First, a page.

Popocatépetl volcano (Mexico): new lava dome growing inside summit crater
Monday Jul 08, 2013 16:56 PM | BY: T
An overflight yesterday showed that the activity of the last few days has formed a new lava dome that has filled the inner crater and reached approximately 250 meters in diameter.
Activity remained elevated (but a bit lower than two days ago) with a near-constant emission of gas, steam and ash, interrupted by some discrete explosions in between.
Additionally, a 1.9 magnitude volcano-tectonic earthquakes was recorded yesterday. Overall, tremor has decreased during the past 24 hours.
Weather did not allow much visual observation of the volcano recently.
The Volcanic Alert Level remains at Yellow, Phase 3.
CENAPRED posted an annotated seismogram showing the high-level tremor phase yesterday - thanks to all CENAPRED staff!
Sunday, Jul 07, 2013
The intensity of the current eruptive phase remains high. A phase of particularly strong tremor accompanying continuous explosions and ash emissions occurred this morning. ... [more]
Saturday, Jul 06, 2013
Another phase of near-continuous strong explosions has started a few hours ago after being calmer most of the past night. ... [more]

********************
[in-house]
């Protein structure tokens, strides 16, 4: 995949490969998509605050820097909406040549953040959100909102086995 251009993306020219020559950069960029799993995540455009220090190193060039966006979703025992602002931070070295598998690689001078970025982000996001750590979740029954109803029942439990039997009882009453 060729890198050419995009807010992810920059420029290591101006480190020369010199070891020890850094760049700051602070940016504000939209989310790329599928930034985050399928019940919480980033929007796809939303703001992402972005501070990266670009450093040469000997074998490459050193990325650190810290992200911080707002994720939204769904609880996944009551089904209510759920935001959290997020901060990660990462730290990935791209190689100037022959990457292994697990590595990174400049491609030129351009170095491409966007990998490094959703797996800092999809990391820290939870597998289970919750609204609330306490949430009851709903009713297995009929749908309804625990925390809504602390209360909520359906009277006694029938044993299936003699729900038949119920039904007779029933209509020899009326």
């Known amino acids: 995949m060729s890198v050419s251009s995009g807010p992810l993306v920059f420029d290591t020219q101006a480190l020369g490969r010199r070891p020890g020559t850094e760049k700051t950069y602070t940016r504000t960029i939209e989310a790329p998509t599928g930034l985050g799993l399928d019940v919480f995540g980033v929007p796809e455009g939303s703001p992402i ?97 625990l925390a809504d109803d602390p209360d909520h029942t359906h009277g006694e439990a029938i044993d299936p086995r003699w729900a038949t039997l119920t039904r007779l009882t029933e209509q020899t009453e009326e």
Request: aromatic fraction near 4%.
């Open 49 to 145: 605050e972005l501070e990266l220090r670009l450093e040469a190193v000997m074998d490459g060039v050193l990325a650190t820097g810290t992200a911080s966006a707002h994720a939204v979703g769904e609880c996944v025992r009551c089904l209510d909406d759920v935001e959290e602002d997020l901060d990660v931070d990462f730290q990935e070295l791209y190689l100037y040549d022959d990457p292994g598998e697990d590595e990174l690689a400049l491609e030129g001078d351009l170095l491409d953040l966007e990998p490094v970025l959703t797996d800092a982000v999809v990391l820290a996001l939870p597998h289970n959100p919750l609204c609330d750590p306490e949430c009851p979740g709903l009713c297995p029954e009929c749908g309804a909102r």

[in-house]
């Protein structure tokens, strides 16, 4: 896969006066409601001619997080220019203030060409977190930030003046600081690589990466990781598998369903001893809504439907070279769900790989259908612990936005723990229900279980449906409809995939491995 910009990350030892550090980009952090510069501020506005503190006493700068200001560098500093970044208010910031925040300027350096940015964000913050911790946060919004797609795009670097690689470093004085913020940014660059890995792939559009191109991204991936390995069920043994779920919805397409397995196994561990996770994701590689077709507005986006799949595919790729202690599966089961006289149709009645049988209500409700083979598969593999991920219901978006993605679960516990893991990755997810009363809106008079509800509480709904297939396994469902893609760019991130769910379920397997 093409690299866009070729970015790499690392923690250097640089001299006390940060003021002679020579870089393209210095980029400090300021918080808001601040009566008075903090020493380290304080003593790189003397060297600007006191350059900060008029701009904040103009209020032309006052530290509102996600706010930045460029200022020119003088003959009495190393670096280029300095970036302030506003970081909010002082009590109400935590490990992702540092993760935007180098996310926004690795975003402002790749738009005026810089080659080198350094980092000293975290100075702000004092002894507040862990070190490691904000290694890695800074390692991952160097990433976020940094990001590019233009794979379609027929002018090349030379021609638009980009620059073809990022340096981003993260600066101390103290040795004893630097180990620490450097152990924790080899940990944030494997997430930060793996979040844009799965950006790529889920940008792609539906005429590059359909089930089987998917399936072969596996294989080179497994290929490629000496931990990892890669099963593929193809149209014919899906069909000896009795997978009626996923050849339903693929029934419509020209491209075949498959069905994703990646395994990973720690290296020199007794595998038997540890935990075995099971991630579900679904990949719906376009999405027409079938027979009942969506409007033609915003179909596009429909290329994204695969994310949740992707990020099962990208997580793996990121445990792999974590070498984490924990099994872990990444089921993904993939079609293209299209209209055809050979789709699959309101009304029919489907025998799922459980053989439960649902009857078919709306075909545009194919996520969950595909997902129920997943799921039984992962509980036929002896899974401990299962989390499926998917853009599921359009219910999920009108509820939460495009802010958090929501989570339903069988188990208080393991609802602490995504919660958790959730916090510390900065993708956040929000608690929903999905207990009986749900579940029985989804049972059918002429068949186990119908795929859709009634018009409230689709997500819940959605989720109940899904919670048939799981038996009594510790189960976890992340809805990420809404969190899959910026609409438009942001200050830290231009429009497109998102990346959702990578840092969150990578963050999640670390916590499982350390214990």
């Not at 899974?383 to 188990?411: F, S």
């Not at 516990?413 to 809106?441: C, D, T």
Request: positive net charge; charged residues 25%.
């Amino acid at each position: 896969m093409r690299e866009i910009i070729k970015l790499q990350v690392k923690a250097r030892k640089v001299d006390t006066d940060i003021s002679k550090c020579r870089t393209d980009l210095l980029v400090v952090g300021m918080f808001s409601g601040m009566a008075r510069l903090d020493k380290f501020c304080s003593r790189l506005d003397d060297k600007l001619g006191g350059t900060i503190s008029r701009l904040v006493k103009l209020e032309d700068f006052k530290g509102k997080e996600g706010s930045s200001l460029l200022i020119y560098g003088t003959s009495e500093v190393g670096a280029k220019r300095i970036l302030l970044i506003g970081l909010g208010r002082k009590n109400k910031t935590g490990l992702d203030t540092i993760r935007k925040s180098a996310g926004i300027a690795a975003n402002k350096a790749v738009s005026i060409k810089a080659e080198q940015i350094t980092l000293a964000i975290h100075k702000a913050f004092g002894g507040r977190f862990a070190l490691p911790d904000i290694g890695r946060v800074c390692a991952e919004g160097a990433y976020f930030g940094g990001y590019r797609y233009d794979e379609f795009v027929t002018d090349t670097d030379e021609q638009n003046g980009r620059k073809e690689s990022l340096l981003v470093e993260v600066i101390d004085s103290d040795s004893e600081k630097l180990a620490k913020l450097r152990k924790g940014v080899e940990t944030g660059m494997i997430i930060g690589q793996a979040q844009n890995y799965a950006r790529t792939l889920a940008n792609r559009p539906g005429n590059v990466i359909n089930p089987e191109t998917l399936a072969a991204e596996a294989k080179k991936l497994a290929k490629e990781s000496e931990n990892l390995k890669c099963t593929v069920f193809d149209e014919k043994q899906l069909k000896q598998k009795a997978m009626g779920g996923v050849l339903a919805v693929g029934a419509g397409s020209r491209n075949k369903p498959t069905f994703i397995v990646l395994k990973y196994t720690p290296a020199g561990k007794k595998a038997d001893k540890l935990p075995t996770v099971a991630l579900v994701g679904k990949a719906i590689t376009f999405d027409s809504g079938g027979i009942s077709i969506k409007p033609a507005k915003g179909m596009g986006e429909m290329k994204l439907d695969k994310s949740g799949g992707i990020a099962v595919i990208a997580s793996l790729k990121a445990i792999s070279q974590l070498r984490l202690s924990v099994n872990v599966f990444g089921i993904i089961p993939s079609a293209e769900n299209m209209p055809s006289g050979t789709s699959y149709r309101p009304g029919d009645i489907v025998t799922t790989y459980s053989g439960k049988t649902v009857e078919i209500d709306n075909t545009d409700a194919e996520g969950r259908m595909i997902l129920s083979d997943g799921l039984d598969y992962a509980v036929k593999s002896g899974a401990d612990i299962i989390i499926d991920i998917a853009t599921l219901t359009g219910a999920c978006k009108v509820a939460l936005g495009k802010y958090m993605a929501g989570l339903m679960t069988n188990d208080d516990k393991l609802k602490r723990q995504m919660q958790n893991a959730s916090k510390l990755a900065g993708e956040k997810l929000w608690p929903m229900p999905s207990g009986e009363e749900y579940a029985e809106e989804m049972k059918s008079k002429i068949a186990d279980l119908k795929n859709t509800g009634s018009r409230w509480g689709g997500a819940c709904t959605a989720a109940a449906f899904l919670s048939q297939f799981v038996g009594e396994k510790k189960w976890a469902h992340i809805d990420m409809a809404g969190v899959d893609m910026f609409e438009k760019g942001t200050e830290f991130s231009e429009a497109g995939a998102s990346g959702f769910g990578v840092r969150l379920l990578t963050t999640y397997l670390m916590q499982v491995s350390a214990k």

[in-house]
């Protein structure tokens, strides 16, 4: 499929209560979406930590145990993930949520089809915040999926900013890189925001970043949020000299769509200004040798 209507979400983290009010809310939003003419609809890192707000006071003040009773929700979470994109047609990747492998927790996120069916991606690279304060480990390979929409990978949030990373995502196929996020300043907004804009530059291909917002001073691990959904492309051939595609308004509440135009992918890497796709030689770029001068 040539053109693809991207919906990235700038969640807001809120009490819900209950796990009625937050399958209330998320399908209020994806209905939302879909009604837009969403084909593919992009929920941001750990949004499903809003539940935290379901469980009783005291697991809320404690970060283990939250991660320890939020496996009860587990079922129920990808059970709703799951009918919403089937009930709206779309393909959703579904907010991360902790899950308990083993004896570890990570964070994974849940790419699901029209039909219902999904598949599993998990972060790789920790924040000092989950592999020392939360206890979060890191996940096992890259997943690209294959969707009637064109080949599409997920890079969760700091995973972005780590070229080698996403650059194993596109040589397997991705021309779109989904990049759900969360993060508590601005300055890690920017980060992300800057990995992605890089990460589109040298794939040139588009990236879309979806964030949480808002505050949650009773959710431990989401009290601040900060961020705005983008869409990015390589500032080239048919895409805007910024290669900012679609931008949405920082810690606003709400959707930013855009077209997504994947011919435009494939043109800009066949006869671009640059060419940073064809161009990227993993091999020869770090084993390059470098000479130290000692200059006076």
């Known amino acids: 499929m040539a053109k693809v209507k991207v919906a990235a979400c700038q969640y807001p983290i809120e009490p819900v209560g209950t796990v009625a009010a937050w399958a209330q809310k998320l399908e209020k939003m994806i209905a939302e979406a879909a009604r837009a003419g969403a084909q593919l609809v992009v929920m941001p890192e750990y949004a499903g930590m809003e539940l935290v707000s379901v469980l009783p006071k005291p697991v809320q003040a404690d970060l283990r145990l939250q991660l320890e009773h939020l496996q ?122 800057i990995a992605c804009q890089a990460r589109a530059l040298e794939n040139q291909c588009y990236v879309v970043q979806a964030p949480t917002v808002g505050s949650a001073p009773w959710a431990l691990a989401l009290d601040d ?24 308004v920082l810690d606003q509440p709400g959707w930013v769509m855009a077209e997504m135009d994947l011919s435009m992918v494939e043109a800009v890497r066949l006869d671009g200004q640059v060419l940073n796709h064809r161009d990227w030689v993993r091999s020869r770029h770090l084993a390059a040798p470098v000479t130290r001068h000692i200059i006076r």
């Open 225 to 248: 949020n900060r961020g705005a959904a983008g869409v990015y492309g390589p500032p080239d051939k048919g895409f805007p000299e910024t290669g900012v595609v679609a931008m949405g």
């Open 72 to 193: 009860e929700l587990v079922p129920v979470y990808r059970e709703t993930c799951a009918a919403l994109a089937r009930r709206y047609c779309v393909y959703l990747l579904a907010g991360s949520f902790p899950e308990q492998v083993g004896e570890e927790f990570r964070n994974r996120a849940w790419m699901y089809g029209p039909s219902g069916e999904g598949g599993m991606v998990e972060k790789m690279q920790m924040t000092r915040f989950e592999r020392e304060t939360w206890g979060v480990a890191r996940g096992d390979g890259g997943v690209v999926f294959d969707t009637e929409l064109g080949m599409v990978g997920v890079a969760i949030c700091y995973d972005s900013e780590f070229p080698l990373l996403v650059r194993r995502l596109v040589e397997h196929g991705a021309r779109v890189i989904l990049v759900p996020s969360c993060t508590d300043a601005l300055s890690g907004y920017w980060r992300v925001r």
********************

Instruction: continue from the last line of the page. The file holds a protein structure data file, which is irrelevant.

Friday, Jul 05, 2013
After being a bit calmer during the first half of the day, compared to last night, a strong eruption occurred around 19:00 GMT (10:00 local time) and is probably continuing, judging from the seismic signal. ... [more]
The intensity of the current eruptive phase has been easing a bit during the night. Explosions and gas and ash emissions have become more intermittent, but still produce plumes reaching 3-4 km above the volcano. ... [more]
Thursday, Jul 04, 2013
A phase of strong eruptive activity has started last night and is continuing with frequent explosions that eject incandescent bombs onto the upper outer slope and create a plume of gas and ash rising 3-4 km above the volcano to flight level 250 (25,000 ft). ... [more]
Volcán Popocatépetl, whose name is the Aztec word for smoking mountain, towers to 5426 m 70 km SE of Mexico City to form North America's 2nd-highest volcano. The glacier-clad stratovolcano contains a steep-walled, 250-450 m deep crater. The generally symmetrical volcano is modified by the sharp-peaked Ventorrillo on the NW, a remnant of an earlier volcano.